New York-based experimental troupe Nature Theater of Oklahoma (NTO) teams up with Slovenia’s EnKnapGroup dance company in Pursuit Of Happiness, an uneven performance presented as part of the Public Theater’s Under the Radar festival.

Pursuit offers a deconstruction of the Hollywood cowboy mythos in all its John Ford glory, as well as a deconstruction of Vietnam era war pics. Concept, text, and directing credits are shared by Pavol Liška and Kelly Copper, in a co-production by Théâtre de la Ville and steirischer herbst.

The current political climate highlighting transgressions by powerful men towards mostly female victims seems a ripe time for a reappraisal of macho stereotypes on a New York stage. That the show is only intermittently successful it speaks to the necessity for precision and focus in the pursuit of satire.

Upon arrival, the audience is greeted with a lengthy Western-style bar composed of lightly colored wooden panels decorated with evocative signs and moody under lighting. The action begins as a wry pantomime between two men riffing on the taciturn bar patron sliding his shot glass repeatedly back to the bartender, stage right. The house lights remain on for the performance, a nod to NTO’s experimental charter. Both actors sport large cowboy hats and check shirts, part of the colorful yet restrained costume design by Katarina Škaper.

Soon another performer joins in the Buster Keaton-inspired hijinks. This whimsical opening helps establish Pursuit’s commitment to absurdity. The show’s chief strengths include insightful dialogue which is projected as supertitles at the top of the stage, and kinetic movement, often featuring vivid sound effects. Given the actors’ thick pan-European accents (actors hail from countries including Belgium and Sweden) the script wisely hews to an ironic tone and the actors to heightened, Kabuki-style facial expressions.

Would that the remainder of the show retained this emphasis on subtle humor instead of resorting to an ill-conceived second act foray to the Middle East. The Baghdad section consists of one actor narrating the action in an overlong monologue while sharing the stage with the ensemble of five other actors. A more effective dramaturgical device would’ve been to rely on the performers’ superior movement skills to convey plot, mirroring the success of act one.

This second act succumbs to an over-reliance on the humor of repetition by name dropping Red Bull to the point of tedium. Likewise, the deployment of a fog machine, overused when other elements like video projections would have offered more variety and visual dimension. The show ultimately devolves into cheap laughs over war casualties, the evening’s nadir.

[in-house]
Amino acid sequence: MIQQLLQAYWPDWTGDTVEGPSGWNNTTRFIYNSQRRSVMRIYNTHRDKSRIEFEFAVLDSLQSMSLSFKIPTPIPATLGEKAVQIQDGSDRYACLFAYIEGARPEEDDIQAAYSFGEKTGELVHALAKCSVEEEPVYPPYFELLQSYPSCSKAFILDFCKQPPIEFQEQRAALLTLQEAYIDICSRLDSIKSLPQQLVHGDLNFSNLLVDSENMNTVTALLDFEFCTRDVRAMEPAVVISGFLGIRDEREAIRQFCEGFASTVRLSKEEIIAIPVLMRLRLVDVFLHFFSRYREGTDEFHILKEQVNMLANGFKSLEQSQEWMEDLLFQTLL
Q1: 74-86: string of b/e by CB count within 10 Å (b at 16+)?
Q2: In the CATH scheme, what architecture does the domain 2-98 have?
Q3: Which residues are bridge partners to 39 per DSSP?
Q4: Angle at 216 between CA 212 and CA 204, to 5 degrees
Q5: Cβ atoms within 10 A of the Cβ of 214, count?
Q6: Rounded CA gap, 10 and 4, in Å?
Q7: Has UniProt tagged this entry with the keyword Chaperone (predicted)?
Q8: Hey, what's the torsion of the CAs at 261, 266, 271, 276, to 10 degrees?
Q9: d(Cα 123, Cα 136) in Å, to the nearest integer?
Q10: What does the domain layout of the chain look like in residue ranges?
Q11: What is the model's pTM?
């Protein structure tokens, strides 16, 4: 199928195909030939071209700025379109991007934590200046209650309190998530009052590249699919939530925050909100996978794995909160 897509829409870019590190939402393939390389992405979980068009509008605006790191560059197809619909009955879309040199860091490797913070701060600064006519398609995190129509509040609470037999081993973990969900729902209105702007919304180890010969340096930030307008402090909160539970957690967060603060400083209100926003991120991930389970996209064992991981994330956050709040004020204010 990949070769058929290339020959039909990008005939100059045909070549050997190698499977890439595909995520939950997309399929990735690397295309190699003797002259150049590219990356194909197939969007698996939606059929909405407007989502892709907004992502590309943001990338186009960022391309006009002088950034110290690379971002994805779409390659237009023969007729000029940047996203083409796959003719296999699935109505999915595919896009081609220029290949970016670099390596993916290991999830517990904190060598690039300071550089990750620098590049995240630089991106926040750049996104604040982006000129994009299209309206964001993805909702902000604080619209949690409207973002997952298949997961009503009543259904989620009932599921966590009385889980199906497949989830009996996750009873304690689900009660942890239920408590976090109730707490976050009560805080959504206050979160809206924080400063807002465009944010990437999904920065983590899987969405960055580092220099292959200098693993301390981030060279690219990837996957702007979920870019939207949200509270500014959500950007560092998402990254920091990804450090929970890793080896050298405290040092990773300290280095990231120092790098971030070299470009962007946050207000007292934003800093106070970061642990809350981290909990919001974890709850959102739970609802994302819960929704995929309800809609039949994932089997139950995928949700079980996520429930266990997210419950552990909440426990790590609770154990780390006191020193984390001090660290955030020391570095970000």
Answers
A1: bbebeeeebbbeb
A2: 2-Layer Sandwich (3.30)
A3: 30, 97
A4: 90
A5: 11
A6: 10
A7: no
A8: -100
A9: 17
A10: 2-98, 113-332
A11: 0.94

The overuse of Samuel Barber’s Adagio With Strings is another recurring motif that seeks to mock war pic heroics a la Platoon which used the same music to stirring effect. At these moments one is left pondering the wisdom of substituting broad humor for emotional catharsis. The retrograde heroics of fictionalized Hollywood cowboys proves a more effective target for humor than earnest soldiers fighting a non-fiction war.

Ultimately Pursuit plays like a dance theater mashup that doesn’t gel. This overlong performance plays like two shows shoved uneasily together, like the reluctant children of overly zealous matchmaking parents. Pursuit has its experimental theater heart in the right place, with its nod to the innovative work of Britain’s venerated Complicité by way of performance pioneer Jacques Lecoq. What it lacks is sufficient rigor to prune act two which would render Pursuit a happy experience.

The Pursuit of Happiness is a selection of the Public Theater’s Under the Radar Festival in New York City.

This post was written by the author in their personal capacity.The opinions expressed in this article are the author’s own and do not reflect the view of The Theatre Times, their staff or collaborators.